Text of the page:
I don’t understand why David Cameron called the referendum in the first place. Sure, if you asked people if they wanted a referendum, they answered “yes”. But my understanding is that when people ranked how important EU membership was to them, it never ranked as a particularly important issue. Essentially, then, we’ve been railroaded into this by a few people for whom leaving the EU was an obession. Cameron appears to have been frightened by them and so called the referendum.

Which he lost. And then ran away from. And Mrs May took over. And that’s where things get interesting, and more than a little depressing…

The aftermath of the Referendum

Now we get to the part that makes me even more puzzled and, if I’m honest, slightly sad and angry about: what happened between the referendum result and the triggering of Article 50 that happened today.

The result of the referendum was close: 52-48. This was by no means an overwhelming majority in favour of Brexit; this was a close call.

But somehow, this got taken up by those most in favour of Brexit and labelled “the will of the people”, as if this was a unanimous, or near-unanimous, vote in favour of leaving. It wasn’t; nowhere near it.

But the loudest Brexit voices were the ones that prevailed. Only the bald fact that Leave won the referendum mattered. That 48% who voted against – over 16 million people – didn’t count. The people had spoken, the narrative went, with one voice: we want out.

Now, you might think given the closeness of the vote, that a wise and sensible government would tread cautiously. The outcome of the vote, and the sheer divisiveness of the campaign, showed a country that was deeply split, almost down the middle. Surely, in these circumstances, the best thing to do was for Mrs May and the government to seek consensus, to move slowly, to try and work to bring on board those of us who had voted Remain. There would no doubt be some, perhapd many, who would refuse. But that was no reason not try. If Mrs May was serious about the “Unionist” part of the “Conservative and Unionist” party she boasted she belonged to in her speech on taking up office, surely reaching out to Remain-voters, seeking to include them and their wishes and preferences in what came next would’ve gone a long way to healing some of those deep divisions.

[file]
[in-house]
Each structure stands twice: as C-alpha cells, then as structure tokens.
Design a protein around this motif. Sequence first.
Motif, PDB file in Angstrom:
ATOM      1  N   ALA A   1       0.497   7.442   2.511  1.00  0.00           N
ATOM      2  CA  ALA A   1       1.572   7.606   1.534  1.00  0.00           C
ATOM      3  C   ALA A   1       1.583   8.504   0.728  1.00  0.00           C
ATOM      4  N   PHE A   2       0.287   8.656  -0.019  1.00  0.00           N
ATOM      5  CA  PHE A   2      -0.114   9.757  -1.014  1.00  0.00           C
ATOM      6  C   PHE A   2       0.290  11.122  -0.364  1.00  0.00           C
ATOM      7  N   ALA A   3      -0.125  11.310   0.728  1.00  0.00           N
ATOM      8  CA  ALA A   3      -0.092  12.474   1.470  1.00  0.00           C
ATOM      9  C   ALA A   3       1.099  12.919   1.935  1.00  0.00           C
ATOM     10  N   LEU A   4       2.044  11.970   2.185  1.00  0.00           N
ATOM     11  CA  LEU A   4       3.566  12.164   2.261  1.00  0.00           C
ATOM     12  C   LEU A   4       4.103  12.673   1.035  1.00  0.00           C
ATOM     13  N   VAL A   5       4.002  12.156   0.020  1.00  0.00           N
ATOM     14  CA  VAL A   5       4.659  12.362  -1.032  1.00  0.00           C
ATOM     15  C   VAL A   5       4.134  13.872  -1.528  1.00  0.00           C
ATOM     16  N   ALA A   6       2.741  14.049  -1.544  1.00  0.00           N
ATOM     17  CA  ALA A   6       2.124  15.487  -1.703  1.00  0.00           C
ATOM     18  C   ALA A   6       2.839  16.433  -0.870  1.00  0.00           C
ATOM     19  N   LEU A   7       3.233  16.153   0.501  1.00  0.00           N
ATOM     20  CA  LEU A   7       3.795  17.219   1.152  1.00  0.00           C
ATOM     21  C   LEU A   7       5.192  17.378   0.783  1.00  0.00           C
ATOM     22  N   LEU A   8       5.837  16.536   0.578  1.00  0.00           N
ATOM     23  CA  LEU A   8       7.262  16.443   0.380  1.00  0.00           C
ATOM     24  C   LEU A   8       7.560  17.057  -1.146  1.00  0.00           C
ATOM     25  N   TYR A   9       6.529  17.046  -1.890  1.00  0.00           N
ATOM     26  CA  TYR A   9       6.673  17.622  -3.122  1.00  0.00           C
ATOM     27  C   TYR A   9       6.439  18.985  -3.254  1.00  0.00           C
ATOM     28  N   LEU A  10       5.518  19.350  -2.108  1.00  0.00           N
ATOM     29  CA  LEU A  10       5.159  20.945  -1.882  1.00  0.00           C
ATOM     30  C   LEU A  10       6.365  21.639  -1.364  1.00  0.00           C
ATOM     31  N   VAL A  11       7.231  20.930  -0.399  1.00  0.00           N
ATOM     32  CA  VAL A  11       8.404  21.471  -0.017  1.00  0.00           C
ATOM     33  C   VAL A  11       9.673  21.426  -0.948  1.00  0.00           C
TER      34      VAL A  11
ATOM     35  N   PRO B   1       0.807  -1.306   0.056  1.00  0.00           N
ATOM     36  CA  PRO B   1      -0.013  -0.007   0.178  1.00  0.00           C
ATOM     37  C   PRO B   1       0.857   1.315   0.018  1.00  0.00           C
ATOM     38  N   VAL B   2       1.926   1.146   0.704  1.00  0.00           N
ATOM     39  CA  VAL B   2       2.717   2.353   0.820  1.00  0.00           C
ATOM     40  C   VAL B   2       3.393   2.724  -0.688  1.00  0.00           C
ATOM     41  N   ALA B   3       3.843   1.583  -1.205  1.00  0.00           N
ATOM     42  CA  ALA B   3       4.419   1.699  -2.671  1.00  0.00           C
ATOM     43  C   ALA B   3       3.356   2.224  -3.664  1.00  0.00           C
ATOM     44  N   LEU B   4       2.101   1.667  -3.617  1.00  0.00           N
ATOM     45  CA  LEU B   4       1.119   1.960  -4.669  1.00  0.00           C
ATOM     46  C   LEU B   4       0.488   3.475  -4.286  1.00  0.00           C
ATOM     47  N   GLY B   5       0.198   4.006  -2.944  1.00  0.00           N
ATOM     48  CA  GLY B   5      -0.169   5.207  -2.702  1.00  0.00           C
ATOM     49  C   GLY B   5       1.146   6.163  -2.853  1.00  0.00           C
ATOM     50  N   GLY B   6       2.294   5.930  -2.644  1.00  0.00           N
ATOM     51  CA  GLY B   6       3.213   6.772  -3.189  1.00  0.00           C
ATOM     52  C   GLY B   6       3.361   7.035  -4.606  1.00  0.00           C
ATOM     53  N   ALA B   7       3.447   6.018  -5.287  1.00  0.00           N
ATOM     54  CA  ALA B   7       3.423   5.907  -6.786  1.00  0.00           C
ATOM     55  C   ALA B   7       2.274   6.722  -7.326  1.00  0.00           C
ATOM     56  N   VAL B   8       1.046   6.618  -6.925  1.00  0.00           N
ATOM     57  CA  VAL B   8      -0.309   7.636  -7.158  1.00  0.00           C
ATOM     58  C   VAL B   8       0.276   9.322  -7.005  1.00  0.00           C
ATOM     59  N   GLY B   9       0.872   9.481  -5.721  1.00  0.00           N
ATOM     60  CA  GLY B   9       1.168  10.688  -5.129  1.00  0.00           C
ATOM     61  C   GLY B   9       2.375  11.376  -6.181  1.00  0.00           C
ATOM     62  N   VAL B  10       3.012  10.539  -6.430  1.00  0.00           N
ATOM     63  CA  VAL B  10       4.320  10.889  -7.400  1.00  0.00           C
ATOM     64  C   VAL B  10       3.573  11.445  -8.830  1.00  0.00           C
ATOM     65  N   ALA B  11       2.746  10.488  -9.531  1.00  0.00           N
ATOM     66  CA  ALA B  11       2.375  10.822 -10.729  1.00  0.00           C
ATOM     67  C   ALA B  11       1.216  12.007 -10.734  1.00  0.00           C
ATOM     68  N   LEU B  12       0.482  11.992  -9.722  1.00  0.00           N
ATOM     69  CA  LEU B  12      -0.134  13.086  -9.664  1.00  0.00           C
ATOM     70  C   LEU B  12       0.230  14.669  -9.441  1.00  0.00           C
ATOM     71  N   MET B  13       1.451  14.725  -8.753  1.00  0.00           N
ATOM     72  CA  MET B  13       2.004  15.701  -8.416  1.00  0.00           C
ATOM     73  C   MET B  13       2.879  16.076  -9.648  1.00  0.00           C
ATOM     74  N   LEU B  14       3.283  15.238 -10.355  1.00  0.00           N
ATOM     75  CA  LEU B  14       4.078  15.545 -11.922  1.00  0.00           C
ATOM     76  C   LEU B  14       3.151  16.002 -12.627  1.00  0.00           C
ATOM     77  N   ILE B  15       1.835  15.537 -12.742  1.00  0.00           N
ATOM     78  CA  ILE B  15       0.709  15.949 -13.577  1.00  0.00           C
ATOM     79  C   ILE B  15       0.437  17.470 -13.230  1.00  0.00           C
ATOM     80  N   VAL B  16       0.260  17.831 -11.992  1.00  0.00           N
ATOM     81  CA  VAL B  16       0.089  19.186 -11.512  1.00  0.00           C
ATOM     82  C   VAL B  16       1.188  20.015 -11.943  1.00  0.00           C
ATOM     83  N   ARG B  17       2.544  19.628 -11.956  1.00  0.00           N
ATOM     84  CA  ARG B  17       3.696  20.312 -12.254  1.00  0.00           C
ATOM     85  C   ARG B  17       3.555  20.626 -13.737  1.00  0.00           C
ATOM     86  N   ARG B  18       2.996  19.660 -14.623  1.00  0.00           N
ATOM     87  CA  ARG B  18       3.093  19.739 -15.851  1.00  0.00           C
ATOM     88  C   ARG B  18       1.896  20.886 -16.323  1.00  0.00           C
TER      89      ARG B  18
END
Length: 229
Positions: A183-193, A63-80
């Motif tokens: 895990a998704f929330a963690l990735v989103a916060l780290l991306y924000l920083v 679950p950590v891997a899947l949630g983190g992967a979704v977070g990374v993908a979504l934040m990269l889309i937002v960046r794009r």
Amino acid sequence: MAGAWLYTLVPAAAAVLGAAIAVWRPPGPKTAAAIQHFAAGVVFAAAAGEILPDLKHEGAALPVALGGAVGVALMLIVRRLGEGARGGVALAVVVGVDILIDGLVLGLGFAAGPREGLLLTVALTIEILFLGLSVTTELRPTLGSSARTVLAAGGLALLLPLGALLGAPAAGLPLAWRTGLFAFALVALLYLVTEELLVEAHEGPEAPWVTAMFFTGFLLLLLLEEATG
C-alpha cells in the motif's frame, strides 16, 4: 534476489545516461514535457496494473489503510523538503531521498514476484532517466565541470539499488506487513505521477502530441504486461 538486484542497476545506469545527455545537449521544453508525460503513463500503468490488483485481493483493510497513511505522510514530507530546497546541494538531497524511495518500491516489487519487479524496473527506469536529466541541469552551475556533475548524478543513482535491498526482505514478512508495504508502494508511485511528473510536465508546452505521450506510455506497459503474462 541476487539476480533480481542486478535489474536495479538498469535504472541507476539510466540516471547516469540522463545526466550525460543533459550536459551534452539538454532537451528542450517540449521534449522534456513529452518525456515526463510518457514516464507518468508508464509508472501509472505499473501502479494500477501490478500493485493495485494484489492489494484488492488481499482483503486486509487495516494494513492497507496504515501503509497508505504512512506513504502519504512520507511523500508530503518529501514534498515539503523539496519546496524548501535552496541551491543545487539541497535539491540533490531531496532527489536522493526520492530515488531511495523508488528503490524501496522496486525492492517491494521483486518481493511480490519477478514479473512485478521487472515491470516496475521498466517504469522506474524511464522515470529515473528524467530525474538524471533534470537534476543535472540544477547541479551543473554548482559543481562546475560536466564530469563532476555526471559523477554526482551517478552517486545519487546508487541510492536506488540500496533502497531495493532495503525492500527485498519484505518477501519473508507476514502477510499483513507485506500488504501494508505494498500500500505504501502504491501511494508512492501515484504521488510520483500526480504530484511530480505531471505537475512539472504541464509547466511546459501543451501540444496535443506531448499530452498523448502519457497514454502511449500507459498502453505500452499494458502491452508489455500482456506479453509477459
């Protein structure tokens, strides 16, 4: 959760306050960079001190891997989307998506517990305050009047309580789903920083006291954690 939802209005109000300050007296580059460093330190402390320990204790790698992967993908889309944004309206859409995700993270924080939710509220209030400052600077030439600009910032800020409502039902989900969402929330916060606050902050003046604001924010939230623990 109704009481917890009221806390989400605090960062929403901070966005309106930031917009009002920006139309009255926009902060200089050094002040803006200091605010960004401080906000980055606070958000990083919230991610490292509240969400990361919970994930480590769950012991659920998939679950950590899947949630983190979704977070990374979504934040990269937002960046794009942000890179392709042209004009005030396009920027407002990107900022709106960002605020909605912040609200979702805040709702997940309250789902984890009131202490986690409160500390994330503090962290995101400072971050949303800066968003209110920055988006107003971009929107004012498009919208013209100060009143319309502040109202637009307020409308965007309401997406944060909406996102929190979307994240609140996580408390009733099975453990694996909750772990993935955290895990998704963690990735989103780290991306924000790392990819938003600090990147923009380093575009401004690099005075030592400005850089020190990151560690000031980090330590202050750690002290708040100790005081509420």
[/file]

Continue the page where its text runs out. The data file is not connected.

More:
In a similar way, Mrs May could’ve respected the fact that Scotland voted Remain and worked closely with Nicola Sturgeon and the Scottish Government to find a way of dealing with Brexit that could have accommodated them. This was surely especially important, given the fact that the SNP would surely be looking to use the Brexit vote as a trigger for a second referendum (which, of course, they did; and while I fervently hope Scotland stays in the UK, I can’t say I blame them).

And in dealing with the EU post-referendum, surely seeking to maintain the best possible relations with the 27 countries with whom we’ll have to negotiate was the best way forward. The message to Brussels and those 27 countries should surely have been, “While we intend to enact the result of the referendum, we recognise it is vital for the UK and the EU to come to the best possible agreement to allow us both to flourish after Brexit. We therefore intend to work closely with our partners and friends in the EU to ensure that what emerges from the Article 50 negotiations will be as mutually beneficial to us all as possible, allowing us to continue to work closely together post-Brexit”. Or even just, “sorry! It’s not you, it’s us”.

But, no.

Brexit became “the will of the people”, as noted above. Ardent hard-Brexiteers, such as Boris Johnson and Liam Fox, were appointed to the cabinet in key positions. Theresa May tried to ignore her previous pro-Remain sentiment and made hard Brexit her priority: “Brexit means Brexit”, apparently. She needlessly sidelined and antagonised Scotland and paid little or no attention to Northern Ireland. The Conservative Party conference that autumn at times represented a giant two fingers stuck up at the rest of the EU. No one in the government showed any appreciation of the deep divisions in the country, or the effects that rushing headlong into a hard Brexit would have on Scotland and the rest of the EU.

Labour’s response

Surely Labour could be relied on to stop this? I mean, they campaigned in favour of remaining, didn’t they?

Sigh.

No, they didn’t. Jeremy Corbyn wanted to be nuanced and to show himself as anything but an uncritical supporter of the EU (especially given his previous anti-EU stance). But he just came across as lukewarm and not caring. While arguments still rage about how effectively he campaigned (and the point is well made that Labour voters voted largely in favour of Remain – a point we’ll come on to shortly), it has to be said he helped contribute to a sense that the pro-Remain campaign was half-hearted and more interested in poiting out the dangers of leaving the EU, rather than positively making the case for staying in.

Then Corbyn appeared to call for Article 50 to be triggered now, and praised Gisela Stuart for her role in leading the Leave campaign. Really? What kind of message does that send to Labour MPs and members who campaigned for Remain, as they thought their leader was, and who were left devastated by the result?

Then came the Parliamentary bill to trigger Article 50. And we must pause here and consider the supreme irony of Brexiteers who had campaigned for the UK Parliament to be sovereign once more (which it was anyway), opposing one measure that would ensure that sovereignty was a reality.

But back to Labour. They put up all sorts of amendments designed to protect the rights of EU citizens still living here, ensure that Parliament got a say on the final deal etc. They were all rejected. So, having seen these presuambly crucial amendments voted down, did Labour vote against the bill on the grounds that, while they respected the result of the referendum, to support Brexit in this way would go against what the party believed to be important?

They did not. They were whipped into voting in favour of the bill.